KANSAS, OK — For the past 55 years, Ivy and Nelson Pendergrass always have had a child in their home.
Their youngest, an 18-year-old daughter, graduated Friday night from Kansas High School in Delaware County and has been accepted to Northeastern Oklahoma A&M College on a cheerleading scholarship.
She is one of more than 200 foster children the couple have taken into their home and offered love, friendship, encouragement and shelter.
“We quit counting after 200; we don't know what number she is,” Ivy Pendergrass said.
Ivy, 80, and Nelson, 81, were honored this month by Gov. Mary Fallin and the Department of Human Services for their extraordinary commitment to Oklahoma's children.
“We have just felt it was an honor to serve as foster parents,” Ivy Pendergrass said.
‘I was their daughter'
“Even to this day I still call them Mom and Dad,” said Tammie Bledsaw, of Tulsa. Her two daughters, ages 8 and 3, also call them “Grandma Ivy” and “Grandpa,” she said.
At age 13, Bledsaw moved in with the Pendergrasses on Feb. 11, 1983. She lived with them until she aged out of the system.
“I was lucky. I got to stay with them the entire time,” Bledsaw said. “They never once treated me like a foster child; I was their daughter. I was always introduced as their child.
“For them, it's all about loving you,” Bledsaw said.
She said words from “Dad” stay with her.
“I am 40 and to this day he still says it to me — I am valuable and precious,” Bledsaw said. “You hear that enough and you start you believing it.”
On Bledsaw's 18th birthday, she came home from school and found that Ivy had filled her bedroom with helium balloons.
“They always made the day about us,” Bledsaw said.
Bledsaw said she loved her home.
“When I went to college, they drove me to my dorm room on a Friday afternoon,” Bledsaw said. “By Friday night I was back home.”
Bledsaw said she had some behavioral problems as a young teen, but Nelson and Ivy never game up on her or any of the foster children.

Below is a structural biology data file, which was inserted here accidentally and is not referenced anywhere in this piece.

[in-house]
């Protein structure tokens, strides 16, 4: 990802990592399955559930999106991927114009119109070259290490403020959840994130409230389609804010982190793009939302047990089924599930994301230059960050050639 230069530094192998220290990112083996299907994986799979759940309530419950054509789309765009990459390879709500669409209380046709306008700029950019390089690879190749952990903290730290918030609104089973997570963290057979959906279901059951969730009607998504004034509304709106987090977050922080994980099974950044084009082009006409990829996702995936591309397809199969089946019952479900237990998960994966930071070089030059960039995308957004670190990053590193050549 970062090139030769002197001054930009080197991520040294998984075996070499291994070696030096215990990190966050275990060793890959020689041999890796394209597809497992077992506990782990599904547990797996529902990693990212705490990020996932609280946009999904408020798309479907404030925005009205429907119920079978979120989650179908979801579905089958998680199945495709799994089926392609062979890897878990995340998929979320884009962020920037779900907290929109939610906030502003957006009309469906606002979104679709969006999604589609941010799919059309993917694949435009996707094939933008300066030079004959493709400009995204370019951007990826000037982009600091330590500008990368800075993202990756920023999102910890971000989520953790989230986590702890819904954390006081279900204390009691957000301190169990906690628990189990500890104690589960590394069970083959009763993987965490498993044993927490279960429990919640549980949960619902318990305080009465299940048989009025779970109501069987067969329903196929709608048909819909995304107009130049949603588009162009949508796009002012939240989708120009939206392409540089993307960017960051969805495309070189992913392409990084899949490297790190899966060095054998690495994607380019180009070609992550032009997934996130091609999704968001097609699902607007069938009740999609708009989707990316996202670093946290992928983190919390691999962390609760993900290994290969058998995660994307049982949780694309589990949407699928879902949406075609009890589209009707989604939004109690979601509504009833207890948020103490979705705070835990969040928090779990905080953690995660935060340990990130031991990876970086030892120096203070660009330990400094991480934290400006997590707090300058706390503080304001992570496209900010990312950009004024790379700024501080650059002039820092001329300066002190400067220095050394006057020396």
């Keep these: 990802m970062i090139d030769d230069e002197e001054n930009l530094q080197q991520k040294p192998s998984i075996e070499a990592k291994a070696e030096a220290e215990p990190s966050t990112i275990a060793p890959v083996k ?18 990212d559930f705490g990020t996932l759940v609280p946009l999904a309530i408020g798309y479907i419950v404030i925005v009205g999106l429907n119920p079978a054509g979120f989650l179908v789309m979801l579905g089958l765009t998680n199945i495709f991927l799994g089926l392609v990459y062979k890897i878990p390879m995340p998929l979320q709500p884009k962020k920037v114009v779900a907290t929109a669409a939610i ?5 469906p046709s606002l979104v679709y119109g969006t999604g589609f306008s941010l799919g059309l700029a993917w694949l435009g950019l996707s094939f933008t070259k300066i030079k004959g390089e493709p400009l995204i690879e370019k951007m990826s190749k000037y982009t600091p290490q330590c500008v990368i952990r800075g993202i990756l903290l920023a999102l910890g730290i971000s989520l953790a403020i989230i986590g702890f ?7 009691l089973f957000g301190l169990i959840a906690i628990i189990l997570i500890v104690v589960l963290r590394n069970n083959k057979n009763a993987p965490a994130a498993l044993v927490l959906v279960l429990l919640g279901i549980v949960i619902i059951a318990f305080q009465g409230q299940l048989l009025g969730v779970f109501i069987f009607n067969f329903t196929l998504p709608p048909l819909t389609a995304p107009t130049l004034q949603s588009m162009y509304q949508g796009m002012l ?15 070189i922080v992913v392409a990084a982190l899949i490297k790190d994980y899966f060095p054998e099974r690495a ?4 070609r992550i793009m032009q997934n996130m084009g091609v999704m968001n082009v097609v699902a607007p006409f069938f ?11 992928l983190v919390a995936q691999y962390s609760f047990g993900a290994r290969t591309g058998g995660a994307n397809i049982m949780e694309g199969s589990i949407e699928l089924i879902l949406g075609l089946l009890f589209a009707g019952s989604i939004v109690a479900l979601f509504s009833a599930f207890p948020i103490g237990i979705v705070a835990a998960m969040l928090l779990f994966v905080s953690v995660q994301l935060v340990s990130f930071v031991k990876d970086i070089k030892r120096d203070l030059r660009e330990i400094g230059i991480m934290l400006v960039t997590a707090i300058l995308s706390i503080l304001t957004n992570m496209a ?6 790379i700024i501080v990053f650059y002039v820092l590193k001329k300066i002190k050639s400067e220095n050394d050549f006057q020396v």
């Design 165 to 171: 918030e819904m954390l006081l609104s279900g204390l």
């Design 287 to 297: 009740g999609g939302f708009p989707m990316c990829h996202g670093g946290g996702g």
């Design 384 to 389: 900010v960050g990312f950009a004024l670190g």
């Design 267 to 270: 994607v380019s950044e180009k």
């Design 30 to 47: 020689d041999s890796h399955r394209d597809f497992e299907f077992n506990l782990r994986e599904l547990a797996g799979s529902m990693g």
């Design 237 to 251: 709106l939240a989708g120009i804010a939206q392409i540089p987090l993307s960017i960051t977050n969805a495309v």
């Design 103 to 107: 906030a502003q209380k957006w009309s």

“They always said they were in it for the long haul,” Bledsaw said.
Answering the call
The couple became house parents at Bethesda Boys Ranch in Mounds in 1969.
“Nelson had read in the newspaper about the boys' ranch needing help,” Ivy Pendergrass said. “Nelson answered the call.”
With the Pendergrasses' four children plus three boys from the boys' ranch, the house was too small, she said. So Nelson built a home with four bedrooms and a larger dormitory style room for the boys, Ivy Pendergrass said.
Eventually, the couple would care for 12 boys, she said.
“We had a houseful, and that became too much of a load on me,” she said.
On the advice of Ivy's doctor in 1977, they moved into a regular home after Nelson retired from Southwestern Bell and went into the banking business.
Caring for children
Within a couple of years, the Pendergrass children began to beg their parents to get more children.
The couple went through the training and in 1979 became DHS foster parents.
“We have many children in our home,” Ivy Pendergrass said. “Years ago we took in infants. It breaks your heart when they leave, but you don't want to deny them the privilege of a forever home.”
The Pendergrasses said their faith is the reason they have taken in children.
“Going to church is one of things we do as a family,” Pendergrass said.
Since 1983, the Pendergrasses have only accepted girls, and they limit it to four or five at a time.
Highs and lows
Several of the couple's foster children have been straight-A students and were scholarship recipients, she said.
“It would be great if we could say every child was success,” Pendergrass said, “but a few go AWOL, and that breaks your heart.”
One foster child said when she aged out she planned to leave the Pendergrass home, she said.
“It broke my heart because I wanted to see her stay and graduated. Later she wrote me letter saying the worse thing she ever did was leaving our home,” Pendergrass said.
“One foster boy told me living with us was one of the happiest times in his life,” Pendergrass said. “We just loved them and treated them like they were our own.”
For them, it's all about loving you.”
Former foster child of Ivy and Nelson Pendergrass